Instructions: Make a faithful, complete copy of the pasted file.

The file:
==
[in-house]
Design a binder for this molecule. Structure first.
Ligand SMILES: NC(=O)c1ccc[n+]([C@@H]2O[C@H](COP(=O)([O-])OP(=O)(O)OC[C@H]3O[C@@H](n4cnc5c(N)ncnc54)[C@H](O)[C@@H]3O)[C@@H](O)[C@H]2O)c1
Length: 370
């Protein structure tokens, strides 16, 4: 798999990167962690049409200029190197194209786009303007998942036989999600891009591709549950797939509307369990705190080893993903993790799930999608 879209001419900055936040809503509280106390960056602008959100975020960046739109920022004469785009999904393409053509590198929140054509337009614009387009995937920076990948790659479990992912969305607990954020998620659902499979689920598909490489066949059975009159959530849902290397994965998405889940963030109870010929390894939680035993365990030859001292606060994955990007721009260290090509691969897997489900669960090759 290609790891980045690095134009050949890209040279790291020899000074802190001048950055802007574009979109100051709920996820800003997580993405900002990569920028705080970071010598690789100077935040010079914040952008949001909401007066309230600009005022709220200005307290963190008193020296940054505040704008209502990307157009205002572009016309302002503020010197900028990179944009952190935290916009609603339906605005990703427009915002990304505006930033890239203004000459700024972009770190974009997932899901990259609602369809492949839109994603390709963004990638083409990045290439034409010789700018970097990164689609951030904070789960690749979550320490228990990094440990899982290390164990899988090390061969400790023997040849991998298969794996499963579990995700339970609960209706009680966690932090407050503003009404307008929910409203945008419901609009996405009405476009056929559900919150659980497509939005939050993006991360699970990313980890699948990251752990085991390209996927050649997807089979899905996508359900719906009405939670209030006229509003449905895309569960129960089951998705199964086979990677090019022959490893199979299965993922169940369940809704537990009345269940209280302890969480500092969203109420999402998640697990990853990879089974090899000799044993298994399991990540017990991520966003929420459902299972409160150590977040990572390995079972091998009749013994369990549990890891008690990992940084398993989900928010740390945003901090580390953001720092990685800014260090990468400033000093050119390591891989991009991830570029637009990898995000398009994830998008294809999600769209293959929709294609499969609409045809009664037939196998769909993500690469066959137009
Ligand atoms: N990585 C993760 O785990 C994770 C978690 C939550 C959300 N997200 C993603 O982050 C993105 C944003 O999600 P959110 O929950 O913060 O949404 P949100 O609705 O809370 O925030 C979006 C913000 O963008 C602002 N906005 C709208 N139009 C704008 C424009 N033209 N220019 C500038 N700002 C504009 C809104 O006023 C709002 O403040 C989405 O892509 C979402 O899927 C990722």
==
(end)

[in-house]
Design a binder for this molecule. Structure first.
Ligand SMILES: NC(=O)c1ccc[n+]([C@@H]2O[C@H](COP(=O)([O-])OP(=O)(O)OC[C@H]3O[C@@H](n4cnc5c(N)ncnc54)[C@H](O)[C@@H]3O)[C@@H](O)[C@H]2O)c1
Length: 370
């Protein structure tokens, strides 16, 4: 798999990167962690049409200029190197194209786009303007998942036989999600891009591709549950797939509307369990705190080893993903993790799930999608 879209001419900055936040809503509280106390960056602008959100975020960046739109920022004469785009999904393409053509590198929140054509337009614009387009995937920076990948790659479990992912969305607990954020998620659902499979689920598909490489066949059975009159959530849902290397994965998405889940963030109870010929390894939680035993365990030859001292606060994955990007721009260290090509691969897997489900669960090759 290609790891980045690095134009050949890209040279790291020899000074802190001048950055802007574009979109100051709920996820800003997580993405900002990569920028705080970071010598690789100077935040010079914040952008949001909401007066309230600009005022709220200005307290963190008193020296940054505040704008209502990307157009205002572009016309302002503020010197900028990179944009952190935290916009609603339906605005990703427009915002990304505006930033890239203004000459700024972009770190974009997932899901990259609602369809492949839109994603390709963004990638083409990045290439034409010789700018970097990164689609951030904070789960690749979550320490228990990094440990899982290390164990899988090390061969400790023997040849991998298969794996499963579990995700339970609960209706009680966690932090407050503003009404307008929910409203945008419901609009996405009405476009056929559900919150659980497509939005939050993006991360699970990313980890699948990251752990085991390209996927050649997807089979899905996508359900719906009405939670209030006229509003449905895309569960129960089951998705199964086979990677090019022959490893199979299965993922169940369940809704537990009345269940209280302890969480500092969203109420999402998640697990990853990879089974090899000799044993298994399991990540017990991520966003929420459902299972409160150590977040990572390995079972091998009749013994369990549990890891008690990992940084398993989900928010740390945003901090580390953001720092990685800014260090990468400033000093050119390591891989991009991830570029637009990898995000398009994830998008294809999600769209293959929709294609499969609409045809009664037939196998769909993500690469066959137009
Ligand atoms: N990585 C993760 O785990 C994770 C978690 C939550 C959300 N997200 C993603 O982050 C993105 C944003 O999600 P959110 O929950 O913060 O949404 P949100 O609705 O809370 O925030 C979006 C913000 O963008 C602002 N906005 C709208 N139009 C704008 C424009 N033209 N220019 C500038 N700002 C504009 C809104 O006023 C709002 O403040 C989405 O892509 C979402 O899927 C990722």